And it is exactly at this point that politics trumps policy and re-election prospects subvert principle. Members have fallen for administration blackmail: a vote against funding the war sends a debilitating message of “no-confidence” in the war and in those waging war on behalf of the nation, thus devaluing their sacrifices. The reality is that as long as the wars are funded, which is to say as long as politics trumps policy, the sacrifices will continue and will continue to fall directly on only a few – the wounded (physical and mental), the dead, their families and friends.
To gauge just how serious this Congress is about doing the people’s will to end the war, count back from the November 2008 presidential election to July 1st, 2007 – less than 10 days from now – and slot in the legislative actions related to the ongoing war as well as other significant war-related events
July 2007 FY2008 Defense Authorization passes
August 2007 Recess
September FY2008 war spending passes; report on “surge” sent to
Sep-Oct 2007 2008 Defense Appropriations (less war funding) passes
Nov-Dec 2007 Recess; progress report for third quarter 2007 sent to
January 2008 State of the Union; rotation of troops with extension of
surge levels announced and a “possible” drawdown timeline
to begin in summer
February 2008 President submits FY2009 budget with additional funds for
war fighting still above $100 billion
The submission of the FY2009 defense budget will confirm that the next president will enter office with a significant U.S. military presence still in Iraq and Afghanistan.
Feb-Mar 2008 Progress report for last quarter of 2007 sent to Congress
Politically, the Republicans will look for some reduction in troop levels – possibly as many as 50,000 – to begin in the summer and be completed by the end of October 2008. They will cite recent (April-May) “testimony” by field commanders that improved Iraqi security forces make possible the proposed decrease in U.S. troops – that is, the reduction is policy-driven, not political.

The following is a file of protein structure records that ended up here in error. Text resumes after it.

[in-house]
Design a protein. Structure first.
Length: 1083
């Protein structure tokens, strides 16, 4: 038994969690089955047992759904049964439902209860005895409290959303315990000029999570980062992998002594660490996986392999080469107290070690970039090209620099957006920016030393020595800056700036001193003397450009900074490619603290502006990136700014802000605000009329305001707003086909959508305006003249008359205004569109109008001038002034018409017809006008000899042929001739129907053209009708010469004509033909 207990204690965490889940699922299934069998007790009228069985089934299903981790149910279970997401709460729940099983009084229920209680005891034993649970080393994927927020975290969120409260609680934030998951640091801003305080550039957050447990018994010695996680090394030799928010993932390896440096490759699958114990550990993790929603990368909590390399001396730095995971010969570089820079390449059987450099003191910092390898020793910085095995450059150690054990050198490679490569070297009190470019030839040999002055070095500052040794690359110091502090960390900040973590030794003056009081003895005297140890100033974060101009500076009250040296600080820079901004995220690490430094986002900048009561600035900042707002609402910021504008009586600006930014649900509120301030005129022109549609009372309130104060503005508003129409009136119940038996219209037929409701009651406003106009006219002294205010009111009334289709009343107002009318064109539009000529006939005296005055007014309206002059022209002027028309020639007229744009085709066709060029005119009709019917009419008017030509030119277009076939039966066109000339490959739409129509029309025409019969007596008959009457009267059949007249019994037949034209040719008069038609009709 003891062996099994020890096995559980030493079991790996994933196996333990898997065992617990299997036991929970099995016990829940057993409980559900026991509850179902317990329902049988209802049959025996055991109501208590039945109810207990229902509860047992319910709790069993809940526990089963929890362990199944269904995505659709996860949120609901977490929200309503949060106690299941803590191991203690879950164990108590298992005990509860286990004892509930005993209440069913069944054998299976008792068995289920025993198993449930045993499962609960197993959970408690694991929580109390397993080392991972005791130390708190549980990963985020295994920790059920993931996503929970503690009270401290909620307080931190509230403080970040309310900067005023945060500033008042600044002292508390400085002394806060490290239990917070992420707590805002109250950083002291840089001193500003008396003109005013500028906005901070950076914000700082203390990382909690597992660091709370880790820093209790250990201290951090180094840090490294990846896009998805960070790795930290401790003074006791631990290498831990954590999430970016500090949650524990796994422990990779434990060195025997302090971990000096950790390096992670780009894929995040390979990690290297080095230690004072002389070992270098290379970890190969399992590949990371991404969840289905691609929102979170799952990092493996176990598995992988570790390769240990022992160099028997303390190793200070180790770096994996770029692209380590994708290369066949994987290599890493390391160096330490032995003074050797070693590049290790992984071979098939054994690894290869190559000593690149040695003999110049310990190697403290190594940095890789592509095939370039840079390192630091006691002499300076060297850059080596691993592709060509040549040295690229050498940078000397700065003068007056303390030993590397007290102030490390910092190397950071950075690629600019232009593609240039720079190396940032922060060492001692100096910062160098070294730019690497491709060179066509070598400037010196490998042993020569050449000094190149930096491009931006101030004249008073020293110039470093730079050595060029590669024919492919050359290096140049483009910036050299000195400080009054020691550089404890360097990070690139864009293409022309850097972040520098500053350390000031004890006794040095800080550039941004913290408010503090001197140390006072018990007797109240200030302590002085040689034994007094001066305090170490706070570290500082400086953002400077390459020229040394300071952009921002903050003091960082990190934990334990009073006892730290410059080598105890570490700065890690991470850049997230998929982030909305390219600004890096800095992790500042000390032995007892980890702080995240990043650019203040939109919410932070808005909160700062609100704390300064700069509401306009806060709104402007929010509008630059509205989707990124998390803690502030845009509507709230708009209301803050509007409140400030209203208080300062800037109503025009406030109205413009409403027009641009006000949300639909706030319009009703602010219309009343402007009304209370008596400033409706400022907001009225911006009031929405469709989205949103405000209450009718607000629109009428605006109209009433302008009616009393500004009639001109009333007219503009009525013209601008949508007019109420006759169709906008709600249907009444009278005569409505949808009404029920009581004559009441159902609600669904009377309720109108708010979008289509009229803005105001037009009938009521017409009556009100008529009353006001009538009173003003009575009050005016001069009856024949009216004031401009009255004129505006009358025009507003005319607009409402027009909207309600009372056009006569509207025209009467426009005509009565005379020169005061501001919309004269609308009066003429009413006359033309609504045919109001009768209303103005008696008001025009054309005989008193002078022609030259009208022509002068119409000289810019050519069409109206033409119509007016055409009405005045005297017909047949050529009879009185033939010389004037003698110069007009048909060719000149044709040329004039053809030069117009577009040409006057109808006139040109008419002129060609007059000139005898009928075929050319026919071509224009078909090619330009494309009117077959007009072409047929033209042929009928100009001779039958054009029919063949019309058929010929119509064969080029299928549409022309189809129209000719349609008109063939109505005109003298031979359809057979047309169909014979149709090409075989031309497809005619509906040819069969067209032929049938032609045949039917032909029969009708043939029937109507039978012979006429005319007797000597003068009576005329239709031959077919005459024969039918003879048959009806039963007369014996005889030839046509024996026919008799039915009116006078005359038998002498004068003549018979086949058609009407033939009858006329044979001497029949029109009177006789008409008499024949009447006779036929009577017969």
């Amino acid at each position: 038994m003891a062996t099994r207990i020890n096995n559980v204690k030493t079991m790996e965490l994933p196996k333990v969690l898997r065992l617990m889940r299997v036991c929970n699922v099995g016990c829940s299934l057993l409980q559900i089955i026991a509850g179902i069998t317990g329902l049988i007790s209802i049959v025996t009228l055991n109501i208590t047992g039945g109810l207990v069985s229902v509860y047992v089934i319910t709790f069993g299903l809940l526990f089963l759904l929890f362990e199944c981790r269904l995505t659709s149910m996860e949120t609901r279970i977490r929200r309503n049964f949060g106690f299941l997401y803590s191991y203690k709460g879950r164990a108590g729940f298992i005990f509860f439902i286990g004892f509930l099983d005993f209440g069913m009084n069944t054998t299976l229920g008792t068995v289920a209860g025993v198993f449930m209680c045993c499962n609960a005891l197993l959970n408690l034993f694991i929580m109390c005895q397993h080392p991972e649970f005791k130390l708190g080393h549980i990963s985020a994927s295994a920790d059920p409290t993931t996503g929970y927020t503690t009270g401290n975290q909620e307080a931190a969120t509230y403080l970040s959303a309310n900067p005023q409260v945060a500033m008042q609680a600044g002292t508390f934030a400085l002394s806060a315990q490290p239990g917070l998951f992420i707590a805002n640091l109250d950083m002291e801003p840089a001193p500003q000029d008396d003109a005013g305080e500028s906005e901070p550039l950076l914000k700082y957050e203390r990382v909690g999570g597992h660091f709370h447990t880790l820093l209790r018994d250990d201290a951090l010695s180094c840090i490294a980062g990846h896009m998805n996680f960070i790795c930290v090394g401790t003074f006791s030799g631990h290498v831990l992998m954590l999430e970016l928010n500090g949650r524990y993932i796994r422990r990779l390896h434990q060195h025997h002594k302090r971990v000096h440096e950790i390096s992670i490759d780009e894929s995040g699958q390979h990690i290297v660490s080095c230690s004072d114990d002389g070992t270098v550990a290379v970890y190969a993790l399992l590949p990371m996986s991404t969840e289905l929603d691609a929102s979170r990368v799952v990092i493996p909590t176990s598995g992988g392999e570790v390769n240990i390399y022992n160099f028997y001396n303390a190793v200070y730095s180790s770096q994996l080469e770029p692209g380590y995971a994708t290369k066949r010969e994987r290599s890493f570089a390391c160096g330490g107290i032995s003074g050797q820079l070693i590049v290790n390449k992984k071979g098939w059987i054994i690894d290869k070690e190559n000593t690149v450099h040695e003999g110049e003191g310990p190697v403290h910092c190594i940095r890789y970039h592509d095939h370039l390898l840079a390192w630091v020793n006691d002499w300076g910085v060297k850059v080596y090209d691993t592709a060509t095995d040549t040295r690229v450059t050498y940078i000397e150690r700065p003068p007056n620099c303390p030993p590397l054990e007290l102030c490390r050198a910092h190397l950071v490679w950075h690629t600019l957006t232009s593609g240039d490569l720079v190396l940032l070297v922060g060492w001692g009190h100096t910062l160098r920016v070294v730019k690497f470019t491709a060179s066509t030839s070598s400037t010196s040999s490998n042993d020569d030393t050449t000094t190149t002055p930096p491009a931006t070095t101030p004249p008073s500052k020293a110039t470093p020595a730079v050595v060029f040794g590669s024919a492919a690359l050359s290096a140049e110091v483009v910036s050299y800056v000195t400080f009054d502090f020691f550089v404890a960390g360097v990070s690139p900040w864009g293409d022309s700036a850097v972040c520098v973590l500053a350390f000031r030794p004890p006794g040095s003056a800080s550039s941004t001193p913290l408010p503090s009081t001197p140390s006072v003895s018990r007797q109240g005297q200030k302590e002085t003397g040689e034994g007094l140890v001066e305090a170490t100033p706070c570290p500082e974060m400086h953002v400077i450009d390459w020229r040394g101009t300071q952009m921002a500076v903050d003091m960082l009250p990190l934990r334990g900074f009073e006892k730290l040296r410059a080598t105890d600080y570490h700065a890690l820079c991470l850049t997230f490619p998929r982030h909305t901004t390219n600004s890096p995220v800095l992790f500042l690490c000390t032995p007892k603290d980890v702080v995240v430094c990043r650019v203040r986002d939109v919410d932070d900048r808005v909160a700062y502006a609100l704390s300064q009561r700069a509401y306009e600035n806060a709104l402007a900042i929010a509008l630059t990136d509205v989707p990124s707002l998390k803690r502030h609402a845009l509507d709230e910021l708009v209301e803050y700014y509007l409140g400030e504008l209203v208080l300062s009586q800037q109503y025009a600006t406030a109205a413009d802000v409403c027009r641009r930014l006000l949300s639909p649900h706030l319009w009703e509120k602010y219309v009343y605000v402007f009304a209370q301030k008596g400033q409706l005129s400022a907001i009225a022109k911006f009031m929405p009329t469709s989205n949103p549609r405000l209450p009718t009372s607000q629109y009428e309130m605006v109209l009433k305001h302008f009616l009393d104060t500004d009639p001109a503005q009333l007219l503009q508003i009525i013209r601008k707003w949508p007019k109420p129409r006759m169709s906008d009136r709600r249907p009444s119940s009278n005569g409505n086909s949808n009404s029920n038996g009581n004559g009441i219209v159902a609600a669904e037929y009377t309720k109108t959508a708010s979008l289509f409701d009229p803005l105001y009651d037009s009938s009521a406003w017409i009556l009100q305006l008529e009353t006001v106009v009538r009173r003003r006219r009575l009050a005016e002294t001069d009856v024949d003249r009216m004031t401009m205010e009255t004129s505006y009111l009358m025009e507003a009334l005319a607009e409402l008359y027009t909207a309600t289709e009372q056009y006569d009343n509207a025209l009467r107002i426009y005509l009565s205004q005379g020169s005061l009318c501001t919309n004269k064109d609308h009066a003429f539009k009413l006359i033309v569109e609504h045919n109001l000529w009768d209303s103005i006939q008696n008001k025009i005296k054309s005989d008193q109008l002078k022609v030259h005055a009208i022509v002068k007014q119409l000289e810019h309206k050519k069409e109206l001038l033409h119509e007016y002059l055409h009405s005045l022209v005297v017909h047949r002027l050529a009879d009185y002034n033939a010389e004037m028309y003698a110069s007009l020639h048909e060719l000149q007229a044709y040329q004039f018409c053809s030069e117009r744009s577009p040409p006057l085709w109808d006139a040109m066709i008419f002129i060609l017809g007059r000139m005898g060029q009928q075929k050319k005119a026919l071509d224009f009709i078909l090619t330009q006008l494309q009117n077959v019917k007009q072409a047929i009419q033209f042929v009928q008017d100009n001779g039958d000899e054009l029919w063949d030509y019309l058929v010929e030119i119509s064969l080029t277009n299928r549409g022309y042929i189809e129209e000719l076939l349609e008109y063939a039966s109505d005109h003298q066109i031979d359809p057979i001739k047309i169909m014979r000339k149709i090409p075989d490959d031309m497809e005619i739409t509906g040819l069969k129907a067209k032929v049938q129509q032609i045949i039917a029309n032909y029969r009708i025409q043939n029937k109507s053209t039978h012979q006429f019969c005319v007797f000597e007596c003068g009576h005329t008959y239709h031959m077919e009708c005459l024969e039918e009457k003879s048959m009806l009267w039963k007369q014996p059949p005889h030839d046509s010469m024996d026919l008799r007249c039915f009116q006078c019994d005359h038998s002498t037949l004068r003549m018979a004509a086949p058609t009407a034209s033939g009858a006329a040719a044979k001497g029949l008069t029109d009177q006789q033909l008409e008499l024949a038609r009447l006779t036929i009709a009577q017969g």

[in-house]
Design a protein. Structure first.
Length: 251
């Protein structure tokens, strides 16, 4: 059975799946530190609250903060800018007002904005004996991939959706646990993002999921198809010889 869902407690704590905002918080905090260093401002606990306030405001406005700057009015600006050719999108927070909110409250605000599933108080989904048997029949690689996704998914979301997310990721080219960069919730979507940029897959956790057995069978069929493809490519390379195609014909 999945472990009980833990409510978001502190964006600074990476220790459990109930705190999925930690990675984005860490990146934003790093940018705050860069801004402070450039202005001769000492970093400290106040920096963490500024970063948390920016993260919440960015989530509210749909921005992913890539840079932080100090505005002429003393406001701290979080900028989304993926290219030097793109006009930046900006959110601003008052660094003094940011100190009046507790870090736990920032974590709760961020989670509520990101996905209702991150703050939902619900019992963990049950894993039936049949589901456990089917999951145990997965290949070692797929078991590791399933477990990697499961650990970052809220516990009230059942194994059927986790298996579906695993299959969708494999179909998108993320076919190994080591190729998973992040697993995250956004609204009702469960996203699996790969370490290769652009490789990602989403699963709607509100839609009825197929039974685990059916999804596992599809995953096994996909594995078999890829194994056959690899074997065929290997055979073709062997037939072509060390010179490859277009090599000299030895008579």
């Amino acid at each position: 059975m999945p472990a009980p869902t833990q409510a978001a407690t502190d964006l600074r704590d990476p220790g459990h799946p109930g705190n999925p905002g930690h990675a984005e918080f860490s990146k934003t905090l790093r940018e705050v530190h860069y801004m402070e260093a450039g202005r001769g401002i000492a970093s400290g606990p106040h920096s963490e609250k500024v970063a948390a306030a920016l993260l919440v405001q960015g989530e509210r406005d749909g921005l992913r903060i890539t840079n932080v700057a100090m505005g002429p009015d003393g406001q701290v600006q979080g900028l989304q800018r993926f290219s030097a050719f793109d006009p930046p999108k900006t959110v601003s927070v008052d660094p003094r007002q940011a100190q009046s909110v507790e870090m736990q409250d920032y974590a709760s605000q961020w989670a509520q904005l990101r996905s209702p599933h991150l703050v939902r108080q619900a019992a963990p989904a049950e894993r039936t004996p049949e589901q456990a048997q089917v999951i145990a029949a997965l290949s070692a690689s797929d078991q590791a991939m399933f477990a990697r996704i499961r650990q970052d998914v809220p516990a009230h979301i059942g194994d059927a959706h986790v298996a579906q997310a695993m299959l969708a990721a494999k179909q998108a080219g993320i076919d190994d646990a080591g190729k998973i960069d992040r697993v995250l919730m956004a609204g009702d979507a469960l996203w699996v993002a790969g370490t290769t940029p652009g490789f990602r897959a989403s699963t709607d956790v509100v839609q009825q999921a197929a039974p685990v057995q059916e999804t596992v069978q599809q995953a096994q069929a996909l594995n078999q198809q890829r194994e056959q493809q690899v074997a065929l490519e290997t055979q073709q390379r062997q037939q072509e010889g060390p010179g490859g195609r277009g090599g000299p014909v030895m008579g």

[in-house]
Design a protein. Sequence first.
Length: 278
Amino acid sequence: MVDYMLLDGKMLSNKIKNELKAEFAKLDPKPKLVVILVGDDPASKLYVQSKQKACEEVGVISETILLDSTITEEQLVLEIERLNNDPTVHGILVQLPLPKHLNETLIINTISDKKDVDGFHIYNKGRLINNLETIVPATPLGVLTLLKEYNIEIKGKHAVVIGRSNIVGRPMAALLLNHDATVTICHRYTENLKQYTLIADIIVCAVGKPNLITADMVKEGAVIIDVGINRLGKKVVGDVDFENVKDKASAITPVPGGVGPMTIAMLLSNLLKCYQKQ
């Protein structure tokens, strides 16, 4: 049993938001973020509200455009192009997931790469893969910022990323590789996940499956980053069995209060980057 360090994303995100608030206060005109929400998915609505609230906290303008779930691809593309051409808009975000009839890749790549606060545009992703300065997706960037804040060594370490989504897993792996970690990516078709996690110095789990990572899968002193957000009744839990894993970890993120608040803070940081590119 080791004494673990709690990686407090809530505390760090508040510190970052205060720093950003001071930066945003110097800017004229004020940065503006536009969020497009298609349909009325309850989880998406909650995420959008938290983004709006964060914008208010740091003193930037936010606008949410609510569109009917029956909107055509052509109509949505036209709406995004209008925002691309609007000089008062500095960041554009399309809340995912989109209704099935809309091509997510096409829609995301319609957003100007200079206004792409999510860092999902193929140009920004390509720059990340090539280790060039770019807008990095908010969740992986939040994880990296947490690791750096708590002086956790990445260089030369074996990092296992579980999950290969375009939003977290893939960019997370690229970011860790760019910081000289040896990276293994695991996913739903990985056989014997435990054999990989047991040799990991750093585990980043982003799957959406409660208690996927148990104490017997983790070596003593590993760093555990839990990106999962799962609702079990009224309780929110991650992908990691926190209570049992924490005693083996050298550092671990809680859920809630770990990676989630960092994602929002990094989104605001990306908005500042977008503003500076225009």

The Democrats will dispute this latter claim but will be content to follow the same timing for the FY2009 defense authorization and appropriations bills as they did for FY2008. Politically, the Democrats would be just as content to go into the last two months before the election with the wars continuing at full tilt.
Sixteen months remain until the next general election. It would be unconscionable for the Congress to fail to effect a policy change on Iraq in this period of time. Should Congress fail to move ahead or follow the lackluster schedule outlined above, the nation can expect at least another 1,000 U.S. fatalities in Iraq (based on the totals for the past 16 months) and additional direct monetary costs just for Iraq coming to $100 billion. And to these must be added the thousands of Iraqi and Afghan civilians and security forces and the costs to coalition countries.
This is too high a price to pay in anyone’s blood and anyone’s treasure, especially when the only brake on changing a bankrupt policy is political gamesmanship.
If this is the level to which our system has deteriorated, we might as well elect people like Bob Barker, the just retired 35 year host of television’s “The Price is Right” He might appreciate a new day job.